Local Chinese Authorities Declare HIV/AIDS NGO Illegal, Close Operation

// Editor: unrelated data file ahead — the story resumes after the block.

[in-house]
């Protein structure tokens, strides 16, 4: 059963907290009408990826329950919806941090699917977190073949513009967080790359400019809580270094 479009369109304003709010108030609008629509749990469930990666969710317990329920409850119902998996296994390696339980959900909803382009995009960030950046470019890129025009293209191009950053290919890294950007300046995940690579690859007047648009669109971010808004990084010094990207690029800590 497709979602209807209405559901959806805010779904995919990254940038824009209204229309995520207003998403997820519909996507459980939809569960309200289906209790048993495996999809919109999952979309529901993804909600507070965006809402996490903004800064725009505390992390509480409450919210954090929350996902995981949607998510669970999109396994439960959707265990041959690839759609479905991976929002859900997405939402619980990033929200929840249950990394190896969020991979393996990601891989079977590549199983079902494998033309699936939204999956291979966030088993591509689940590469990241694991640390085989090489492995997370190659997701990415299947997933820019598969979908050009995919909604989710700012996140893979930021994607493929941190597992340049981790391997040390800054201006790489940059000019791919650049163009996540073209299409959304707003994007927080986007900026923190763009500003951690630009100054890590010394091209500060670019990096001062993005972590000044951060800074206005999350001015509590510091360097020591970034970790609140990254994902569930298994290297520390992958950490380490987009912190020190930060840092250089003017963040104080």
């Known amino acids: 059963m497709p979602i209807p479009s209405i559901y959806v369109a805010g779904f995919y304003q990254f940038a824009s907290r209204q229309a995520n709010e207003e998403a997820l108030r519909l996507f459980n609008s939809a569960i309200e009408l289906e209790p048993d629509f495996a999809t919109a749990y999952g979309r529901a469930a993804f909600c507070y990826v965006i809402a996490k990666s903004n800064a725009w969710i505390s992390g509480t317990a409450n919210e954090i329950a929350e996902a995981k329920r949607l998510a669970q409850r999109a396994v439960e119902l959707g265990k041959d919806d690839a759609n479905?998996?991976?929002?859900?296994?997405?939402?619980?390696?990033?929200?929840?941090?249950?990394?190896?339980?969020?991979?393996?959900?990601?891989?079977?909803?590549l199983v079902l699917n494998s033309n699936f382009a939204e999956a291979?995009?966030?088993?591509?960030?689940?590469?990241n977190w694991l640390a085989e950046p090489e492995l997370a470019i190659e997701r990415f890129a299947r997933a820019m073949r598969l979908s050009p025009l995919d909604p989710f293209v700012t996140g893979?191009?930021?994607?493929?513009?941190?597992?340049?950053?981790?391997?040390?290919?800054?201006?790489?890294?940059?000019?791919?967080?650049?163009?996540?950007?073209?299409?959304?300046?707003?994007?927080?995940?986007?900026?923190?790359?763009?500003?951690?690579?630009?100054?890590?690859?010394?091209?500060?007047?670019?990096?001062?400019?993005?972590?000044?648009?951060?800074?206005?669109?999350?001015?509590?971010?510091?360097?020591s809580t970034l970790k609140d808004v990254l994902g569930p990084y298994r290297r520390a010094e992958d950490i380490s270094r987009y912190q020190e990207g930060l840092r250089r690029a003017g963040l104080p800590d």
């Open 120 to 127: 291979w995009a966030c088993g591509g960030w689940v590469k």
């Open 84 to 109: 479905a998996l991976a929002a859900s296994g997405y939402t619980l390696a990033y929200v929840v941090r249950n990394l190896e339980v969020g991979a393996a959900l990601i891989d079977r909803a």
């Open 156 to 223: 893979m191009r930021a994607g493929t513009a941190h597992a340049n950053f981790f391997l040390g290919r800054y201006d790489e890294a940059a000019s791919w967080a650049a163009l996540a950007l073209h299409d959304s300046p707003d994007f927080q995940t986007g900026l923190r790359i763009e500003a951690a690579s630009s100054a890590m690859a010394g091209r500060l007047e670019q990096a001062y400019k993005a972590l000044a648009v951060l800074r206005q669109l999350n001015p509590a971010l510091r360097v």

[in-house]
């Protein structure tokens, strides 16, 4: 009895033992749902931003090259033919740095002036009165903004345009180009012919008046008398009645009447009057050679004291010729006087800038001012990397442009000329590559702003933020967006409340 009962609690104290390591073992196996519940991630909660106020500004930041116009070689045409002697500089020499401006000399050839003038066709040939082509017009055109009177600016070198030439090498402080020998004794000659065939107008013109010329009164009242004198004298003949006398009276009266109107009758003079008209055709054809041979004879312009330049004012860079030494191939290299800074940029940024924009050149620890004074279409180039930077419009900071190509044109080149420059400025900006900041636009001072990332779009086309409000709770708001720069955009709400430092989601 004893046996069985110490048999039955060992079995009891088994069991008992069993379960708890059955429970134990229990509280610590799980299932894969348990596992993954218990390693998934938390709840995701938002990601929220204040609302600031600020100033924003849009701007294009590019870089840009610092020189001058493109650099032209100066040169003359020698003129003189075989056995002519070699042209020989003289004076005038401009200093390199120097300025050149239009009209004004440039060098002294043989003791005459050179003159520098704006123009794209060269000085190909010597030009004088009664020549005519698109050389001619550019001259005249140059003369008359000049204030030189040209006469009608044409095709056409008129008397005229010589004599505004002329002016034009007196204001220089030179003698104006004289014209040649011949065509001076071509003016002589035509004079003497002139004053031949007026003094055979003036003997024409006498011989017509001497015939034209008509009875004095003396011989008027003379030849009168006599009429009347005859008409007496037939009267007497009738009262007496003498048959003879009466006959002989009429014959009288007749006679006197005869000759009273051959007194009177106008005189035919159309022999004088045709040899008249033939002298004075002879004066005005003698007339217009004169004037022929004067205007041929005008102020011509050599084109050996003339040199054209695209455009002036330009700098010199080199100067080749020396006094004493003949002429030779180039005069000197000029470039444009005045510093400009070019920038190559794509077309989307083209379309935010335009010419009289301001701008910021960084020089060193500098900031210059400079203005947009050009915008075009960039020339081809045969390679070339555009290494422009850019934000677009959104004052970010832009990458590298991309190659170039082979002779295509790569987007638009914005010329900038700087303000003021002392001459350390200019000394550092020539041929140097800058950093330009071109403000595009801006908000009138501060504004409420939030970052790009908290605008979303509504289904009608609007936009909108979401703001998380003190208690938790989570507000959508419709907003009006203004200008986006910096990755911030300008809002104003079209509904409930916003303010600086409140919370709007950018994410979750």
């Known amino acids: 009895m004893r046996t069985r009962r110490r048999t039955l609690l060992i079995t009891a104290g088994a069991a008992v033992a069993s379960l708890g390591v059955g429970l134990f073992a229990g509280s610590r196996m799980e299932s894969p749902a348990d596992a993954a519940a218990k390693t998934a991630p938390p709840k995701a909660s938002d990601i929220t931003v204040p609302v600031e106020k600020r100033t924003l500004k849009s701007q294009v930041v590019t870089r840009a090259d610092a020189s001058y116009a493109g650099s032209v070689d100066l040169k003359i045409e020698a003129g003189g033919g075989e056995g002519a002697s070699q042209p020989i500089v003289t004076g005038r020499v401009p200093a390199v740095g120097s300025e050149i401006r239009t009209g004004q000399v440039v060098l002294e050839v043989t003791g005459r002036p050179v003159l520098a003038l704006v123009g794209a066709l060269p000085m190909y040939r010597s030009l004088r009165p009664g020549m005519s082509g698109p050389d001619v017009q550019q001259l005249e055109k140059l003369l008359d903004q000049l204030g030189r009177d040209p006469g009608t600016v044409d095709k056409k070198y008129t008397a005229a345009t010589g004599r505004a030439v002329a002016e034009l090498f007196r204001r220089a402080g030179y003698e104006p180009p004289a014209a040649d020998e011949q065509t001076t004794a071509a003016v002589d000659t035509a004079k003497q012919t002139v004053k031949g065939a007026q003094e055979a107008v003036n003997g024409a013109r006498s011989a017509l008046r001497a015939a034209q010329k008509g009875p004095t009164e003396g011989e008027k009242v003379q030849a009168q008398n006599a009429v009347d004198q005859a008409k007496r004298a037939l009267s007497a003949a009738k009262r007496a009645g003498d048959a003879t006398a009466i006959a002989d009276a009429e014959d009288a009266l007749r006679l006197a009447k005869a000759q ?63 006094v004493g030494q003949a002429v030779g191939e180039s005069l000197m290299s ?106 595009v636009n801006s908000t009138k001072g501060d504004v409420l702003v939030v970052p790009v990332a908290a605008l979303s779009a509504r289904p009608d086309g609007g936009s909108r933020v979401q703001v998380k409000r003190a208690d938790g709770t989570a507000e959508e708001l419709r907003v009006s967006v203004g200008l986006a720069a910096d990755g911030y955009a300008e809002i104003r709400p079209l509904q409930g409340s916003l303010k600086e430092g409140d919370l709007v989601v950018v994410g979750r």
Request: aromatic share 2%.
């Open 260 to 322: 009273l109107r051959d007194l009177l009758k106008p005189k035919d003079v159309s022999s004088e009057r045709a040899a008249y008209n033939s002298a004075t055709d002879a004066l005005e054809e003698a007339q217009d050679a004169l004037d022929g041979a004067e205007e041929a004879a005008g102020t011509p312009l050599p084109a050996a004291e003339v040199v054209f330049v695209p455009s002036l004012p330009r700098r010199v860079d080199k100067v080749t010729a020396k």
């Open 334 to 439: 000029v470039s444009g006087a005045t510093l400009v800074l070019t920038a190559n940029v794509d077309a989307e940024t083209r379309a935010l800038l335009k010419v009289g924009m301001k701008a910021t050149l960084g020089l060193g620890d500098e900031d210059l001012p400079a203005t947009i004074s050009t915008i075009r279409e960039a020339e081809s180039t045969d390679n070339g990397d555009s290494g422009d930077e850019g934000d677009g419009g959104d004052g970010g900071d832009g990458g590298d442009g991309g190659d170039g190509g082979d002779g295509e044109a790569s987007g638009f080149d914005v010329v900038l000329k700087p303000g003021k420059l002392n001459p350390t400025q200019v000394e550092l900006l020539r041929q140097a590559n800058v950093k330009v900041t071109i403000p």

Local authorities on Wednesday declared a Xinjiang, China-based nongovernmental HIV/AIDS organization illegal and shut down its operation, according to Chang Kun, organizer of the project, AFP/Sunday Times reports (AFP/Sunday Times, 10/19). The group, called "Snow Lotus," recently was awarded a grant by the Global Fund To Fight AIDS, Tuberculosis and Malaria to educate young people, injection drug users and men who have sex with men about HIV prevention, the Financial Times reports. According to Chang, the closure is the authorities' response to the group's media exposure of a case that involved 19 students who tested positive for hepatitis B and were expelled from their schools. The expulsions drew "widespread criticism" of Xinjiang authorities because they might have violated a government ban on discrimination against people with hepatitis B, according to the Times (Dickie, Financial Times, 10/19). "They banned our organization and sealed up all our desks and work materials in the office," Chang said of the 200-member group, adding, "They also threatened me by saying that if I did not follow their instructions, I would be detained" (Reuters, 10/19). HIV/AIDS advocate Wan Yanhai said the group is "the first AIDS NGO that the government has officially shut down," adding, "In China, the government ... has lots of doubts about NGOs and fears those which have an independent and critical stance." Tu Erdi, a Xinjiang Civil Affairs Bureau official, confirmed the closing, adding, "Several departments are investigating this group at the moment ... they have no licenses, so according to government rules, it should be categorized as an illegal operation" (AFP/Sunday Times, 10/19). The police in the Xinjiang capital of Urumqi and the Nongovernmental Organization Administration declined to comment on the closure, the Times reports (Financial Times, 10/19).This is part of the KHN Morning Briefing, a summary of health policy coverage from major news organizations. Sign up for an email subscription.